For example: if a $100 30-year bond has a yield of 5%, then if rates fall to 2.5% the market value of the bond will almost double to around $200 because the effective yield of the bond at $200 is 2.5%. That is basically what has happened since the bond yield topped in 1981: face values of all bonds has been rising as yields have fallen from 16% to 3%.

If rates doubled from 5% to 10%, then the price of the bond would fall in half to $50, rendering the effective yield 10%.

At the risk of boring longtime readers, here is my oft-published chart of the U.S. bond yield and the staggering rise in Chinese ownership of U.S. debt:

What this chart illustrates is that the only reason interest rates haven't skyrocketed along with rising U.S. debt is that China and other non-U.S. players with hundreds of billions of trade-surplus dollars have been soaking up that debt (bonds) with their dollars.

This can be seen as manipulation for the benefit of oil exporters and Asian exporters equally anxious to prop up American consumers with low interest rates, or as intervention to keep their currencies lower than the dollar, or as a combination of manipulation/intervention and "safe haven" parking of stupendous hordes of dollars.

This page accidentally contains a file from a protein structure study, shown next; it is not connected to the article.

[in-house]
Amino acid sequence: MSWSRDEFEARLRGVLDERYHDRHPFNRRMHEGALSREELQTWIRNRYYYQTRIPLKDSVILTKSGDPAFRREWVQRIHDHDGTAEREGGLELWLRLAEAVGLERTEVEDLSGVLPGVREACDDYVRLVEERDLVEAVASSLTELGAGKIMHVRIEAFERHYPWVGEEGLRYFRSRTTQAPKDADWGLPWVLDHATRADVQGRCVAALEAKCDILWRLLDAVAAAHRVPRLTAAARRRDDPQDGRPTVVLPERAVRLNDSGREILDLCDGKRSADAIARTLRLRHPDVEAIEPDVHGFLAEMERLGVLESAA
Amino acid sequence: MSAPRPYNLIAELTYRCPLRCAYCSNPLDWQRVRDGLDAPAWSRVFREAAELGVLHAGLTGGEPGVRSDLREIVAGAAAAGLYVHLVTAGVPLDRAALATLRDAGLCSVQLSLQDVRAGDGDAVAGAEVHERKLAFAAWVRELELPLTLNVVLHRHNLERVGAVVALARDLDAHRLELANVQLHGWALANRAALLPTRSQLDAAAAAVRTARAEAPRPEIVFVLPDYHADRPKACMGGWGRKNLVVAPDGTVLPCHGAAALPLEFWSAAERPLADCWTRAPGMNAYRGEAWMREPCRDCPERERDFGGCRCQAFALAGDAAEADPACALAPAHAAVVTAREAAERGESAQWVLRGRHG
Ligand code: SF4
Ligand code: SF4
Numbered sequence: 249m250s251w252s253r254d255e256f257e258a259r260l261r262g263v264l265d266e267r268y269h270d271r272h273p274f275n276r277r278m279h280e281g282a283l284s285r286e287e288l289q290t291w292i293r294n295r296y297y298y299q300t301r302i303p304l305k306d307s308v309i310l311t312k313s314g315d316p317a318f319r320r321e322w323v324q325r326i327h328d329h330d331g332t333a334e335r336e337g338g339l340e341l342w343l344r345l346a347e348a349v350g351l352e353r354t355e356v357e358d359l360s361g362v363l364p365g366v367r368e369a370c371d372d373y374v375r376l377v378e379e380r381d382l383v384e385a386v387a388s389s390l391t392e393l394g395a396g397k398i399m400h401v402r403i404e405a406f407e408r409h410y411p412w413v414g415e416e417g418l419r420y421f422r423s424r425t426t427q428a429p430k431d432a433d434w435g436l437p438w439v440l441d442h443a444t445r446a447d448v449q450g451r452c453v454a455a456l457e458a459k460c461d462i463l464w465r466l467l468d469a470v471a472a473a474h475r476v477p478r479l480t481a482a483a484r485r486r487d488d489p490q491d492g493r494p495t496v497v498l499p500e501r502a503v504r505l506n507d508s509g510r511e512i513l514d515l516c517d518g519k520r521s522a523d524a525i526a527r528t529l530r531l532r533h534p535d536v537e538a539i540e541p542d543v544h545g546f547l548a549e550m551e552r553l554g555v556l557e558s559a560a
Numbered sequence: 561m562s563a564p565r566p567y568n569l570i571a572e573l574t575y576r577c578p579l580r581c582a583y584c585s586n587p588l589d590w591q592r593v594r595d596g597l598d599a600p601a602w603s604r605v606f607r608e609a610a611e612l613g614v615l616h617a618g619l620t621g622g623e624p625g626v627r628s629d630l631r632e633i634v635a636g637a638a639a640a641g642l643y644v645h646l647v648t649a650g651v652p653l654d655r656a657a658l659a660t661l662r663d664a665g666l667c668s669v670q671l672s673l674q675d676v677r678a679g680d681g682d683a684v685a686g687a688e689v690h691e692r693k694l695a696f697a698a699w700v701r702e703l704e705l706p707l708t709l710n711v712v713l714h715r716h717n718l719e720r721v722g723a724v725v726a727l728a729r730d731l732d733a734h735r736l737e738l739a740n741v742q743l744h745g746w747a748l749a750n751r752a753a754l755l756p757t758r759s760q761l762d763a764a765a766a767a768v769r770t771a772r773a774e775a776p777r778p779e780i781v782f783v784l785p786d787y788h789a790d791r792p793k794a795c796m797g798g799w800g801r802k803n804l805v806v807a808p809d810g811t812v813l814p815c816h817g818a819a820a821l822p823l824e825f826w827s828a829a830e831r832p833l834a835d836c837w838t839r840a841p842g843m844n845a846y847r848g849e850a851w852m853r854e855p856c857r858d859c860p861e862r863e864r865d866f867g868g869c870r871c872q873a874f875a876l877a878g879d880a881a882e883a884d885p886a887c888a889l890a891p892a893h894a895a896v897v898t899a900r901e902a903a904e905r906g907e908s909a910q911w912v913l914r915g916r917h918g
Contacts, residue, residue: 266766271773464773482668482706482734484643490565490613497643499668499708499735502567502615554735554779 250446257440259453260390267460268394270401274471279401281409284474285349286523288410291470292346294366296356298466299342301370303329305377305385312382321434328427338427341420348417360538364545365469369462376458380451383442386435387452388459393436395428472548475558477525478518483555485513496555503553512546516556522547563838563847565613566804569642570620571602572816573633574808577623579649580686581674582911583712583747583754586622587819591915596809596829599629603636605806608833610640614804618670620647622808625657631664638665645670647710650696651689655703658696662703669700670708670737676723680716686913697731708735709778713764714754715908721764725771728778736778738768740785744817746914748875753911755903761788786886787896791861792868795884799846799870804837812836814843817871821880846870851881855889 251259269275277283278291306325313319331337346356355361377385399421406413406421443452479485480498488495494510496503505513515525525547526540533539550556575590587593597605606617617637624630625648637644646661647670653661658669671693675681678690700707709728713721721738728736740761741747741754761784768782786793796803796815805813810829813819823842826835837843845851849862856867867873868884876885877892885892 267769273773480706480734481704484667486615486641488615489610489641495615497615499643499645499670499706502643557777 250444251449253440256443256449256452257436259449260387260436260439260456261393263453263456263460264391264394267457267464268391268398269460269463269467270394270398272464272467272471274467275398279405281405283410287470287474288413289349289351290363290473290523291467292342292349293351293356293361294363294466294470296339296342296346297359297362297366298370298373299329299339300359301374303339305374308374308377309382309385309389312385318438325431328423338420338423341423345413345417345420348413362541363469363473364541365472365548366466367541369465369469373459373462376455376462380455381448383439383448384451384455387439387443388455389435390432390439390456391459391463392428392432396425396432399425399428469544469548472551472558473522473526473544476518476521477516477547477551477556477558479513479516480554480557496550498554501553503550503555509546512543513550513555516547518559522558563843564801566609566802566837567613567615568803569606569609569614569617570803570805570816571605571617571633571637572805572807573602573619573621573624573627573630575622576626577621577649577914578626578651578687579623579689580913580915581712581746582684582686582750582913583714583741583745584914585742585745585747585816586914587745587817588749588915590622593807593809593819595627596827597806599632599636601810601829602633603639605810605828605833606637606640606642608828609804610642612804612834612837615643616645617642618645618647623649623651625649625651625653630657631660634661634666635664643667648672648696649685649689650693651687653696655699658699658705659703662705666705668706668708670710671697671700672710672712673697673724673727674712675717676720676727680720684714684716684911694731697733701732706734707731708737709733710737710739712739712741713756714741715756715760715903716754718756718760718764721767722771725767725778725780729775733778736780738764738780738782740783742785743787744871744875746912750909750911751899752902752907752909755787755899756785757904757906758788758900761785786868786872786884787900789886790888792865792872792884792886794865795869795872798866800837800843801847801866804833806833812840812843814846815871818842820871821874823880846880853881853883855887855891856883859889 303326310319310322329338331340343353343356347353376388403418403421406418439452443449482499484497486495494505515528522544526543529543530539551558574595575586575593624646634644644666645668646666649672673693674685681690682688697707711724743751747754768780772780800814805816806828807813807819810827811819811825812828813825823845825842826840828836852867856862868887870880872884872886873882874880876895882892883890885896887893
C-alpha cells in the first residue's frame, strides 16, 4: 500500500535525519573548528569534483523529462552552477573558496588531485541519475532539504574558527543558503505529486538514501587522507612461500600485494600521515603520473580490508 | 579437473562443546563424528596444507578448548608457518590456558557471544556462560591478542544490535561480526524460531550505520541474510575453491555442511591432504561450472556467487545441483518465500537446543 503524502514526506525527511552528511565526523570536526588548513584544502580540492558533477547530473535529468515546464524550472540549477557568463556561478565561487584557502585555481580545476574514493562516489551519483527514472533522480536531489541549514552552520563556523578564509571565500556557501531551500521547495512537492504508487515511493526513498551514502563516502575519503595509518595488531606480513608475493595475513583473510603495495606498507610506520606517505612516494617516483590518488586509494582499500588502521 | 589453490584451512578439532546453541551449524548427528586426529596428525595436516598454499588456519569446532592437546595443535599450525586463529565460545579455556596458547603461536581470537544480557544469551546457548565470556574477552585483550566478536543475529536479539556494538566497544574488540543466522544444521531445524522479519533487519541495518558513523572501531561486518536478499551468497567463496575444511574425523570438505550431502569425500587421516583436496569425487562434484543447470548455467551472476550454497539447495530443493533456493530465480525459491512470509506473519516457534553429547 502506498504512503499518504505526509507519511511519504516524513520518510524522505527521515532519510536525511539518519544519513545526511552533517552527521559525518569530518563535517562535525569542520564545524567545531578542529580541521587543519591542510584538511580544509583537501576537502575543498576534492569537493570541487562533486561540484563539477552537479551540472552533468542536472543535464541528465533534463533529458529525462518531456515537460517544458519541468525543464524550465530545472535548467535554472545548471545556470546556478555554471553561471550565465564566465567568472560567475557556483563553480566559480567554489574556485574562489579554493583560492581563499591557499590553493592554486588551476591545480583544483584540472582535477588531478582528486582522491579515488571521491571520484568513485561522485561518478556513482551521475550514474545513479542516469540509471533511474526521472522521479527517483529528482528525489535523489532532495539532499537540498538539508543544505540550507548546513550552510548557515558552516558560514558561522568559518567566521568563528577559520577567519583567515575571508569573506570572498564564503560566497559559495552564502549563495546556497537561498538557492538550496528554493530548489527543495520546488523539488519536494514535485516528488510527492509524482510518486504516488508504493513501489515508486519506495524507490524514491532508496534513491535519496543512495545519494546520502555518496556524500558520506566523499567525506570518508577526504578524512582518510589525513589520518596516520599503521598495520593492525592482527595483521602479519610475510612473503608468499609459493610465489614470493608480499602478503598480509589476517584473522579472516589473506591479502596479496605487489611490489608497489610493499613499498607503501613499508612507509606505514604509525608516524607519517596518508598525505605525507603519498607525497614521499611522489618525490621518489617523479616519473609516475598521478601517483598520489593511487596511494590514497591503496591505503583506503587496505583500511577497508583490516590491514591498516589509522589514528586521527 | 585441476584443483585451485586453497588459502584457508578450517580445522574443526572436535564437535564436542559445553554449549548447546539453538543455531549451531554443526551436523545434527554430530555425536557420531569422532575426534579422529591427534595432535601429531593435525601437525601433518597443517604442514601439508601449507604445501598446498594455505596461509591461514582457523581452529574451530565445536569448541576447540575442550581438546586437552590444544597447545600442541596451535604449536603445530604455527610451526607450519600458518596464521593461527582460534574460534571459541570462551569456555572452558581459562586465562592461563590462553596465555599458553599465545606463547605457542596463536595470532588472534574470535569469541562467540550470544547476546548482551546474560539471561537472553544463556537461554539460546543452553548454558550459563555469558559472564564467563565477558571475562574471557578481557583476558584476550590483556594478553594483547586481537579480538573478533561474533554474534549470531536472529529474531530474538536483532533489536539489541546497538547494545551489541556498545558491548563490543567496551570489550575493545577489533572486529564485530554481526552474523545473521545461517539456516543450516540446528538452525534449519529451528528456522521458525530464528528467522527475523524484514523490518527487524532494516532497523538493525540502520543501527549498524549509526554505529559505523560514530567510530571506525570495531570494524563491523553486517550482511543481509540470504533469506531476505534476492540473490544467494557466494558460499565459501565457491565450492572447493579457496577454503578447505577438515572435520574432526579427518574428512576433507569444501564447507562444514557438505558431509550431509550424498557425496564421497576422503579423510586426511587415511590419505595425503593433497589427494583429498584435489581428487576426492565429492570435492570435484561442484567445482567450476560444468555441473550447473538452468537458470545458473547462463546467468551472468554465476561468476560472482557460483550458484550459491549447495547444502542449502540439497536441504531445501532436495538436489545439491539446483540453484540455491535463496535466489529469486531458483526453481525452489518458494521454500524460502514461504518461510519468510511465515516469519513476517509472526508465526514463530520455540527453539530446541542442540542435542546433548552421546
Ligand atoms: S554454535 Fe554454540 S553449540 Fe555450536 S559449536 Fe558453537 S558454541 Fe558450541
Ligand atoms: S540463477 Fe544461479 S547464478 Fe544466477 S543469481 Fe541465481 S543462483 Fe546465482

Regardless of the perspective, one thing is clear: as soon as that foreign buying declines, U.S. interest rates will start rising.

What could cause foreign entities to cut back on their purchases of U.S. debt? How about their flood of dollars suddenly drying up? As noted in Henry Paulson's recent essay in Foreign Affairs, The Right Way to Engage China, China has until recently generated astonishing surpluses of 11% of their entire GDP.

Though I consider Mr. Paulson's bailout of Crony Capitalism unconscionable (including our Chinese "friends" in the circle of cronies to be saved was key), he does have a keen understanding of the dysfunctional c0-dependency of China and the U.S. a